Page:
: Serina

Looks good other than the part above. You got the numbers right, but the check is :
6. for I := 3 down to 1 do {initializes I to 3}
X[3 + 1] := X[3] {checks if [b]I is >= 1[/b] and adds 1 to I}

because it starts at 3 and goes down until 1

Phat Nat
• Thanx Phat Nat,
Now I am supposed to use numbers from another program and say what it does and what the final outcome is.
(value of X[I] from other program)
X[1]= 16
X[2]= 12
X[3]=6
X[4]=8
X[5]=2.5
X[6]=12
X[7]=14
X[8]=-54.5
=======================================
I :=3;
X[I] := X[I] + 10;
X[I - 1] := X[2*I-1];
X[I+1] := X[2*I] + X[2*I+1];
for I := 5 to 7 do
X[I] := X[I + 1];
for I := 3 down to 1 do
X[I + 1] := X[I]
=========================================
Is this right?

I = index range
X = array

I := 3; {I = 3}
X[I] := X[I] + 10; { X[3] stores 6(from other program) + 10 = 16}
X[I - 1] := X[2*I-1]; {X[2] = X[5], X[5] = 2.5 }
X[I+1] := X[2*I] + X[2*I+1]; {X[4] = X[6] + X[7], X[4] = X[4]=26}
for I := 5 to 7 do {initializes I to 5 and checks if I>= 7
X[I] := X[I + 1];and increments with each loop}
{X[5]:= X[6], X[5] and X[6] = 12}
{X[6] := X[7], X[6]= 14}
{X[7] := X[8], X[7]= -54.5}

for I := 3 down to 1 do {initializes I to 3}
X[I + 1] := X[I]
{X[4] := X[3], X[4]= 16}
{X[3] := X[2], X[3]= 2.5}
{X[2] ;= X[1], X[2]= 16}

show final contents of array X:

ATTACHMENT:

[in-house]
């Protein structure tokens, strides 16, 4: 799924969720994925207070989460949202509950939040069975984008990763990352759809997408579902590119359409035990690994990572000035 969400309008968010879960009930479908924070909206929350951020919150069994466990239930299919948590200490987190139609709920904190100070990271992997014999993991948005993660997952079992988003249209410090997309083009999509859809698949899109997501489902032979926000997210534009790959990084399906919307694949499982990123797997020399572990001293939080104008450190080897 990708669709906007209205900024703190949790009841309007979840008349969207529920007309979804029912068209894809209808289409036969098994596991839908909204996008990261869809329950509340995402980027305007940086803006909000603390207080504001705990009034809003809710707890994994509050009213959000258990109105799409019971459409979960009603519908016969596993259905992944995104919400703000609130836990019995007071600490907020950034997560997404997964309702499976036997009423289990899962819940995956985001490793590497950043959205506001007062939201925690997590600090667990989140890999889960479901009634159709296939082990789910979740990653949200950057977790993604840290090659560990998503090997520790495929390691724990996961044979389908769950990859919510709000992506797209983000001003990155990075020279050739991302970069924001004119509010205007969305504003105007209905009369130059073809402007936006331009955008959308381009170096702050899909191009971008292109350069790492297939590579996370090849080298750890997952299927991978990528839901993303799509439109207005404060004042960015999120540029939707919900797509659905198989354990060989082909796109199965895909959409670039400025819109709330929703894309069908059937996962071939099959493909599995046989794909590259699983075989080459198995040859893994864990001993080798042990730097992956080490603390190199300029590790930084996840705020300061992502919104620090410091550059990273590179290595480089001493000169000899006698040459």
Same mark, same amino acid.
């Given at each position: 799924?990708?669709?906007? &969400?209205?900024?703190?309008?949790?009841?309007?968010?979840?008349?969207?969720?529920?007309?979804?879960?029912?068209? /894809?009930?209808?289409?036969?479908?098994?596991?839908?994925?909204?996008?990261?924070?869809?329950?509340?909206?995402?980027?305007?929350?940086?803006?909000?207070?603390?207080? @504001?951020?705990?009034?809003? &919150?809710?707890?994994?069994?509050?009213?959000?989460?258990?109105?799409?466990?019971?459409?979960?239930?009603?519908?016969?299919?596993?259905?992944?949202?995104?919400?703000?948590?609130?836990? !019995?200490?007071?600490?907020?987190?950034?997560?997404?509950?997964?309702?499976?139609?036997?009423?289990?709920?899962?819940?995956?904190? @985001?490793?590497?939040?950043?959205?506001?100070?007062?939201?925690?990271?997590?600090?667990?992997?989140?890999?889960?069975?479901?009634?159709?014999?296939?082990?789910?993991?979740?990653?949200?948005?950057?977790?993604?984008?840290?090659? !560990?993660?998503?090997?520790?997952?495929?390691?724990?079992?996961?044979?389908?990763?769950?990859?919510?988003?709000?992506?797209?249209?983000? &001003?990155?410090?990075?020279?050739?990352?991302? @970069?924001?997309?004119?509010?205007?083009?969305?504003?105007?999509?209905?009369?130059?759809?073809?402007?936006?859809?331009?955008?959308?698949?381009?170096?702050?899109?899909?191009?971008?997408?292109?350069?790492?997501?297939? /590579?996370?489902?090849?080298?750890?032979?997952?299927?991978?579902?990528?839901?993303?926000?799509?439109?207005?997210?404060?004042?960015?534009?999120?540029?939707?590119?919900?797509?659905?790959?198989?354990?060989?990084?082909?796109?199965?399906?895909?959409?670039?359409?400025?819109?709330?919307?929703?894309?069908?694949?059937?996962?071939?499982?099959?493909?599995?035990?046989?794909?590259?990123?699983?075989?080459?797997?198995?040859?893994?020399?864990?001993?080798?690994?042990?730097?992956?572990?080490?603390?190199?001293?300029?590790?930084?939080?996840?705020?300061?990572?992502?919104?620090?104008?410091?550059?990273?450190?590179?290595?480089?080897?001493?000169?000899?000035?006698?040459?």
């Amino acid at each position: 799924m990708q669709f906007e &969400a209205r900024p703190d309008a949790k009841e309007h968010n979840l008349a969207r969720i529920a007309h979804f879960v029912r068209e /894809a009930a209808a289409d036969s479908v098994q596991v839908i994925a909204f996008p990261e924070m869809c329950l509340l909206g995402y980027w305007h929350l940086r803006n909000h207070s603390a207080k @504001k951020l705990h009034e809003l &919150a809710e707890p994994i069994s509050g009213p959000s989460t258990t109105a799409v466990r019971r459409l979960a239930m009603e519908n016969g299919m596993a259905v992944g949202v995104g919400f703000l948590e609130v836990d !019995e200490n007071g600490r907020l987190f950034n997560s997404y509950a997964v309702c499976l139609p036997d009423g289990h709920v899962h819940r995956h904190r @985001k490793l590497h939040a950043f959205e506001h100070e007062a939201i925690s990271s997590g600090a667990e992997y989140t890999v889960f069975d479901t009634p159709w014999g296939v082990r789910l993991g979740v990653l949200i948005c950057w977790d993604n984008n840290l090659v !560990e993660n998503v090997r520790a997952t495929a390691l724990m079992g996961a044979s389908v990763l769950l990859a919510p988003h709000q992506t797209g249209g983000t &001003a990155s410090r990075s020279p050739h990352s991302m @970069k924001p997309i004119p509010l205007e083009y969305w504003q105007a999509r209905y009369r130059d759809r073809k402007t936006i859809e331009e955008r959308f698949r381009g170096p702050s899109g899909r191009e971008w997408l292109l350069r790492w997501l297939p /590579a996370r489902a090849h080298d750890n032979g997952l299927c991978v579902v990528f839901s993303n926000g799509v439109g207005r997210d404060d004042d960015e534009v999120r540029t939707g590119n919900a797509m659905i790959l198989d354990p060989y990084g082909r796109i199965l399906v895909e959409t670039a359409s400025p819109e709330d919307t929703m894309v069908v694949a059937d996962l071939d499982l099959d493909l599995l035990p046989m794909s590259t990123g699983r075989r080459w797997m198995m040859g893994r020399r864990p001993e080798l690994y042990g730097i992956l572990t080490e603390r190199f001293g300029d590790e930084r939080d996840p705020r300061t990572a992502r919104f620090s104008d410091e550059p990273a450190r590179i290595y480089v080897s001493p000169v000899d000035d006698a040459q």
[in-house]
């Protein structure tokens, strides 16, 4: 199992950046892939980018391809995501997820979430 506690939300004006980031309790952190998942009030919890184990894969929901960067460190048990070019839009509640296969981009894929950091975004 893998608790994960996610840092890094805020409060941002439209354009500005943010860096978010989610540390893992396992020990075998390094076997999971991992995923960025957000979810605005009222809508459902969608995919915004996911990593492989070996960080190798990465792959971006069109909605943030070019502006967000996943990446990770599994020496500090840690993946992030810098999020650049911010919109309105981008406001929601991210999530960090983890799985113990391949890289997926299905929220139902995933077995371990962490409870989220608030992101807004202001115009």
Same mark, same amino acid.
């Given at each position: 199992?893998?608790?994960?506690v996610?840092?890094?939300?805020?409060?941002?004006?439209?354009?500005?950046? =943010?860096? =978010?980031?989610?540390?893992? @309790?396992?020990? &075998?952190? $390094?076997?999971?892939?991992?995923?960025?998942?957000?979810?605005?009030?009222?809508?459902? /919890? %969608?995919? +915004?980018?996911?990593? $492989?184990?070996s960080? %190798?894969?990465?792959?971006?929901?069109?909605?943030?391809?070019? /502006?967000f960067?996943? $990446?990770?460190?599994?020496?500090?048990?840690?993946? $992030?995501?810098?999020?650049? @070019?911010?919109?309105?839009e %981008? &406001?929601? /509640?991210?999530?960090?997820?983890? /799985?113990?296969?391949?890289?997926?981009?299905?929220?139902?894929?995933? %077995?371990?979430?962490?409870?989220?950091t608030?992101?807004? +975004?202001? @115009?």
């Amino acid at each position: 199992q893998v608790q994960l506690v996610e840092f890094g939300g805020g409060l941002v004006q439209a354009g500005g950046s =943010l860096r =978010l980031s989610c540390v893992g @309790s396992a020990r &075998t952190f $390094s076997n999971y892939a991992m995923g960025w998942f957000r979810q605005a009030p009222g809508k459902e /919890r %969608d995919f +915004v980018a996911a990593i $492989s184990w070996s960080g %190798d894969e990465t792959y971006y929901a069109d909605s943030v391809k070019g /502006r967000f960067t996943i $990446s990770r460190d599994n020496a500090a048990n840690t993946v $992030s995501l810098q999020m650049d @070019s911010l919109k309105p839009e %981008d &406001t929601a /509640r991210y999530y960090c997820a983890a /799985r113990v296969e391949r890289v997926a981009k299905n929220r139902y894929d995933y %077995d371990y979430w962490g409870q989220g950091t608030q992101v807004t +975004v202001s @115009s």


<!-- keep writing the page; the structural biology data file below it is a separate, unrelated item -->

X[1] = 16
X[2] = 16
X[3] = 2.5
X[4] = 16
X[5] = 12
X[6] = 14
X[7] = -54.5
X[8] = -54.5

I think I still did it wrong. I would appreciate it if you can check this for me.
Thanx, Serina

• : Thanx Phat Nat,
: Now I am supposed to use numbers from another program and say what it does and what the final outcome is.
: (value of X[I] from other program)
: X[1]= 16
: X[2]= 12
: X[3]=6
: X[4]=8
: X[5]=2.5
: X[6]=12
: X[7]=14
: X[8]=-54.5
: =======================================
: I :=3;
: X[I] := X[I] + 10;
: X[I - 1] := X[2*I-1];
: X[I+1] := X[2*I] + X[2*I+1];
: for I := 5 to 7 do
: X[I] := X[I + 1];
: for I := 3 down to 1 do
: X[I + 1] := X[I]
: =========================================
: Is this right?
:
: I = index range
: X = array
:
: I := 3; {I = 3}
: X[I] := X[I] + 10; { X[3] stores 6(from other program) + 10 = 16}
: X[I - 1] := X[2*I-1]; {X[2] = X[5], X[5] = 2.5 }
: X[I+1] := X[2*I] + X[2*I+1]; {X[4] = X[6] + X[7], X[4] = X[4]=26}
: for I := 5 to 7 do {initializes I to 5 and checks if I>= 7
: X[I] := X[I + 1];and increments with each loop}
: {X[5]:= X[6], X[5] and X[6] = 12}
: {X[6] := X[7], X[6]= 14}
: {X[7] := X[8], X[7]= -54.5}
:
: for I := 3 down to 1 do {initializes I to 3}
: X[I + 1] := X[I]
: {X[4] := X[3], X[4]= 16}
: {X[3] := X[2], X[3]= 2.5}
: {X[2] ;= X[1], X[2]= 16}
:
: show final contents of array X:
: X[1] = 16
: X[2] = 16
: X[3] = 2.5
: X[4] = 16
: X[5] = 12
: X[6] = 14
: X[7] = -54.5
: X[8] = -54.5
:
: I think I still did it wrong. I would appreciate it if you can check this for me.
: Thanx, Serina

Looks right, but I'm in a rush so I may have counted wrong too. But you have the idea. I'll check it again later and make another post if it is wrong.
Phat Nat

• : Phat Nat,
I wanted to thank you for all your help. I finished my work and turned it in on time. I couldn't have done it without understanding this last assignment. I hope alot of good things come your way. Thanks again.
Sweet Serina
:
:
: